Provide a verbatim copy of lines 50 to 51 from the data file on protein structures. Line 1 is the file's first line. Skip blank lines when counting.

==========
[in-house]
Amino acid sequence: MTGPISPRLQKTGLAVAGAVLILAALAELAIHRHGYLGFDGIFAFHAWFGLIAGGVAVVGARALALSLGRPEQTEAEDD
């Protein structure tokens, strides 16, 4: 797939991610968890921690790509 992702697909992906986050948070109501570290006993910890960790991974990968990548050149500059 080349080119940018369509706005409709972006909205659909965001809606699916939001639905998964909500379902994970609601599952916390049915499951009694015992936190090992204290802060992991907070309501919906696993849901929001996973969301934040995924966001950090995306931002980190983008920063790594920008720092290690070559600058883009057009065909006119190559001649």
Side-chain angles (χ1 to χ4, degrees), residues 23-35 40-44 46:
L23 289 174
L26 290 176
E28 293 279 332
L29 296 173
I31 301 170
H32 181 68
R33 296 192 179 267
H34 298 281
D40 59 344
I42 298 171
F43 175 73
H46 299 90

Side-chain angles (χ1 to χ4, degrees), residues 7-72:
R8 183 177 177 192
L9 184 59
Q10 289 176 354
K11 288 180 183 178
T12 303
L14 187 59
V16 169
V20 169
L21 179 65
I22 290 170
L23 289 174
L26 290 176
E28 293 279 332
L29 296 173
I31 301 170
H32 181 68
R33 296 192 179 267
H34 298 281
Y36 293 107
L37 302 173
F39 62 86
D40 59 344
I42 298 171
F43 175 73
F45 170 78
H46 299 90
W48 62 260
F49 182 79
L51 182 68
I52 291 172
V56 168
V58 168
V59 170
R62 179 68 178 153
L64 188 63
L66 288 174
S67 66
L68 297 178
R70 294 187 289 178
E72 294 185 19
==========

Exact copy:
V59 170
R62 179 68 178 153